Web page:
Meagan Cahuasqui is an avid book reader and frequent contributor for CulturaColectiva+. If you also want to be part of our growing pool of contributors, click on this link and send a 400-word article for the chance to be featured in our website.
A few years ago, I picked up a book at my local, second-hand bookstore because I recognized the name on the cover: it was my fiction workshop professor from college.
@isa_escn The story’s premise sounded like something in my wheelhouse, so that gave it double points. As happens with most of my book purchases, it sat on my desk for a while collecting dust.
But this was the year I decided to pick it up and start reading. Except, after just a few pages in, I simply had no interest in the story or the writing.
I put the book down for a couple of days, thinking it was just my recent respiratory infection that kept me from focusing properly. After all, how could one of my favorite writing professors publish a book that didn’t interest me?
@siva.is.a.diva After some proper bed rest, I picked up the book again and once more attempted to read it. I loved reading vampire books as a teenager and early in my twenties. Why wasn’t I loving this now?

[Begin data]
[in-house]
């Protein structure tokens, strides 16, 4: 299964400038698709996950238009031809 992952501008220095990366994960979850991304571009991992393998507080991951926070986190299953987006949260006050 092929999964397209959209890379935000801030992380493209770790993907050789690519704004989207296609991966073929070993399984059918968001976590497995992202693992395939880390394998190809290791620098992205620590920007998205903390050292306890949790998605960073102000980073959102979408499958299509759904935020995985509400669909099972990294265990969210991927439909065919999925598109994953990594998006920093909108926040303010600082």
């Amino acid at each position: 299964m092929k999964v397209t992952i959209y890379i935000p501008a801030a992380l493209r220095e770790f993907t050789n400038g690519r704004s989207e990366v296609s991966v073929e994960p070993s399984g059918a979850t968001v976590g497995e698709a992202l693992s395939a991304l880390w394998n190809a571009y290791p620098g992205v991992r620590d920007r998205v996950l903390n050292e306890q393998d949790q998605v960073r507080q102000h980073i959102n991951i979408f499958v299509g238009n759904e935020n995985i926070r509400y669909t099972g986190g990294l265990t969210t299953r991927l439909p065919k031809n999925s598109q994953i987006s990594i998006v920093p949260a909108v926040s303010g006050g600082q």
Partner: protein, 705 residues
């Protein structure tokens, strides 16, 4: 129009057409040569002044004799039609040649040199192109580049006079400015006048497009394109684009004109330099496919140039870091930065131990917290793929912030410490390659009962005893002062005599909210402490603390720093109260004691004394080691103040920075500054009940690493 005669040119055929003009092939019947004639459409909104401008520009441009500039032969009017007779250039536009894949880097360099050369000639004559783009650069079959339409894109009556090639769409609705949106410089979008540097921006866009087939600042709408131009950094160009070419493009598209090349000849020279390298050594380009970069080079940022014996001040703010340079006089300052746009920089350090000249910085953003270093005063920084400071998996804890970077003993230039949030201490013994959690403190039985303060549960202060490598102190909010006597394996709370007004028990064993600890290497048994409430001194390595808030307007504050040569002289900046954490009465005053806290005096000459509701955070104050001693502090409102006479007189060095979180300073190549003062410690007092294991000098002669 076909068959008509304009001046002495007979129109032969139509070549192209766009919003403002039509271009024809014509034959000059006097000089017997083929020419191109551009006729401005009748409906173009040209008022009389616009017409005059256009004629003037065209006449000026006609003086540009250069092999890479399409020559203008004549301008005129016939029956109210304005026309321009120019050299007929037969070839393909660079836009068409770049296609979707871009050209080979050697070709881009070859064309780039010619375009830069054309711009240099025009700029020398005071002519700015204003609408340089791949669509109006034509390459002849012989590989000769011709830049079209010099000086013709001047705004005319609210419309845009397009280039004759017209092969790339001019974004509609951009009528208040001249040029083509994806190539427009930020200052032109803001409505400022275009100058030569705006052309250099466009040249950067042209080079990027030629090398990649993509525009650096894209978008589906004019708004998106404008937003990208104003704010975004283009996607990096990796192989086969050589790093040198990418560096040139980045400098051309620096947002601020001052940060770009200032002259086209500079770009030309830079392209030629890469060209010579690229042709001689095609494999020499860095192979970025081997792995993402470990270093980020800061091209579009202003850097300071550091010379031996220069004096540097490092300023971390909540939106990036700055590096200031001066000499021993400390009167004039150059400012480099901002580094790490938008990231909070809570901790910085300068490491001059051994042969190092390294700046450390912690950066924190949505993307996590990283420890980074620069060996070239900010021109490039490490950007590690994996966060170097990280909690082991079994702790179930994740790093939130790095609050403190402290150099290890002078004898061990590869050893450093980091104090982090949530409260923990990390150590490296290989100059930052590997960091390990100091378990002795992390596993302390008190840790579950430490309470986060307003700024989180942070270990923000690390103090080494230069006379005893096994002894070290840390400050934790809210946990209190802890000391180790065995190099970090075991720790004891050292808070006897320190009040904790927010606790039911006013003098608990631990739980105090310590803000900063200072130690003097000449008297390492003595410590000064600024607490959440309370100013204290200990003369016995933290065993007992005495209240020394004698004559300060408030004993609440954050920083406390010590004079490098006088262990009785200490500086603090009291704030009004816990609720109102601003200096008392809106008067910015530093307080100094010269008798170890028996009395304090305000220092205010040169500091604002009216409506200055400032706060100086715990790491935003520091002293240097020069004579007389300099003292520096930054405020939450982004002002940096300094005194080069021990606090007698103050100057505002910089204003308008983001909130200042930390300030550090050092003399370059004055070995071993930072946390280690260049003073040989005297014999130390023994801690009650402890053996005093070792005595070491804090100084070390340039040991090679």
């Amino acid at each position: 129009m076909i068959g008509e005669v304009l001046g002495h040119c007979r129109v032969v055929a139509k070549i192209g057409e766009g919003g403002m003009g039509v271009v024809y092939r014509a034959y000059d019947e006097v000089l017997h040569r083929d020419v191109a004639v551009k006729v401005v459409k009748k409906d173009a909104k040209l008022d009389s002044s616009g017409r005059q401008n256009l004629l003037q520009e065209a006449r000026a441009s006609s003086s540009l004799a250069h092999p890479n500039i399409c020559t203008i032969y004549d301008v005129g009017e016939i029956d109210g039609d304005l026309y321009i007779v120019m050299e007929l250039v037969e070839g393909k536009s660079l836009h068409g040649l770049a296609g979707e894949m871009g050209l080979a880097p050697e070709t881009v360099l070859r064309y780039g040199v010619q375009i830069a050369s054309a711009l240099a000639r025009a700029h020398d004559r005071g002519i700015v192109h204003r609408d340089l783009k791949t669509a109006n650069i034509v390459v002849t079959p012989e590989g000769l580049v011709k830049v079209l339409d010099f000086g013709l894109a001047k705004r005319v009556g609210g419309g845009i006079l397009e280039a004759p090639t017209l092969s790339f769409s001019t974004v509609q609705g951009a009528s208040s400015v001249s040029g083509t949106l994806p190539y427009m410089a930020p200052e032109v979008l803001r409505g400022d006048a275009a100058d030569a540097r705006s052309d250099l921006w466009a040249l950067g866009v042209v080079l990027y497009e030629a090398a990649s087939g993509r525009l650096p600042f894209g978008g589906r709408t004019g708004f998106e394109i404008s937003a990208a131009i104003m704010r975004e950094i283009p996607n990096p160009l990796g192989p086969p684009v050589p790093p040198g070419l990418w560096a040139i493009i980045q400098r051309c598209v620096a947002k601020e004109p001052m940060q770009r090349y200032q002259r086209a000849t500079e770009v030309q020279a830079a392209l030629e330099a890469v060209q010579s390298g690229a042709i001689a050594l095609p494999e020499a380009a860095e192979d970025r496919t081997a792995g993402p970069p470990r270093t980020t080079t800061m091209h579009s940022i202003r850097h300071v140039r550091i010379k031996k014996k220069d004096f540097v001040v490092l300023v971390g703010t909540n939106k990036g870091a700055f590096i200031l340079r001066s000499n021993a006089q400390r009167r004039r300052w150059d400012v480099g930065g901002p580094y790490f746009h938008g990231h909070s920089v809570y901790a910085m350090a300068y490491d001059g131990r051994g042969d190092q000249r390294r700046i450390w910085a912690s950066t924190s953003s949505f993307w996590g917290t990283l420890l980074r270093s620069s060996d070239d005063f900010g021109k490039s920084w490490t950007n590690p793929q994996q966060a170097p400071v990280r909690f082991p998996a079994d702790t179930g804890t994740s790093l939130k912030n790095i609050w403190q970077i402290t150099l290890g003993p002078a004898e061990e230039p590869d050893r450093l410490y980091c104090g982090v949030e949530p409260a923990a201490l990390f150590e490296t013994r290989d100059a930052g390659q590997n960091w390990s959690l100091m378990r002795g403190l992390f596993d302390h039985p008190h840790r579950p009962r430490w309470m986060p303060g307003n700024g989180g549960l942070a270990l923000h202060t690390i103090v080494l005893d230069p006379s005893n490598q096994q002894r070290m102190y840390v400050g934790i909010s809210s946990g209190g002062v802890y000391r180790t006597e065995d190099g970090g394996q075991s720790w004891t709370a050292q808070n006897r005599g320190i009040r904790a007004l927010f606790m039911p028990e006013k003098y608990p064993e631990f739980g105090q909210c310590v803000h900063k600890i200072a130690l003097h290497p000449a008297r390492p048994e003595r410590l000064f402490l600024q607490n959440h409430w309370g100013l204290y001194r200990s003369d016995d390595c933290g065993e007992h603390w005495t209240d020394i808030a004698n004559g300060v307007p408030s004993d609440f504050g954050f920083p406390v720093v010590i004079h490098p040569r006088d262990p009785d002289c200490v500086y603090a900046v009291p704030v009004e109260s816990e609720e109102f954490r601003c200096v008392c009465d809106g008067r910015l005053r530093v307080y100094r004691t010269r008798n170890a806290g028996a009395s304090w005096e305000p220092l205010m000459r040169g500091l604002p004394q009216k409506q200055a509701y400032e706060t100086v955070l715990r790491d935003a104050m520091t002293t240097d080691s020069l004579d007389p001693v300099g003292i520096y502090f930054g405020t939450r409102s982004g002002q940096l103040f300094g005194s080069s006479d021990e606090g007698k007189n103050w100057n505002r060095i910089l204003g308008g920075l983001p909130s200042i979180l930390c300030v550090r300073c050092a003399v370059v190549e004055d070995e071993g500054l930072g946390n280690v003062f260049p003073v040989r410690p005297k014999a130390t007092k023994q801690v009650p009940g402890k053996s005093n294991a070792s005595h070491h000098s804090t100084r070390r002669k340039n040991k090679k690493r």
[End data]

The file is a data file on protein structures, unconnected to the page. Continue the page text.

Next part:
I tried for 40 pages before I officially gave up. A part of me felt bad because the author was a teacher I’d admired during my time in college. She was the first professor who encouraged genre writing in an academic setting.
It’s taken a few years, but once I started getting older and having more responsibilities, I stopped feeling guilty about adding a book to the ‘did not finish’ (DNF) pile. There are simply too many books and too little time to read them all.
@mireia_arpa This one felt particularly cruel though. What went wrong? Was it me? Was it the author’s writing? Was it simply my sick-addled brain?
The truth is, it doesn’t matter the reason for why the book didn’t work for me. It’s as simple as that: it didn’t work.
Perhaps I would’ve enjoyed it more when I was younger and still interested in angsty vampires. Maybe the writer’s prose wasn’t my cup of tea. Maybe I really was too sick to appreciate the writing.
Whatever the reason may be, it’s okay to leave a book unread. Even if that book was written by a former professor or friend or family member.
@mybookfeatures It’s great if you want to support a loved one or colleague who endeavors to write and publish a book. It’s also okay if that author’s writing doesn’t resonate with you. You may not be the intended audience.
That doesn’t mean you can’t still support their writing aspirations. You can help in other ways, like spreading the word on social media or recommending the book to other readers.
@lapaulape I may not be interested in vampire stories anymore, but I certainly know younger readers who are better suited to such stories. I can simply pass the book along and say, “Hey, I knew the writer of this book in college. You might like this.”
Giving up on a book doesn’t mean giving up on a writer.
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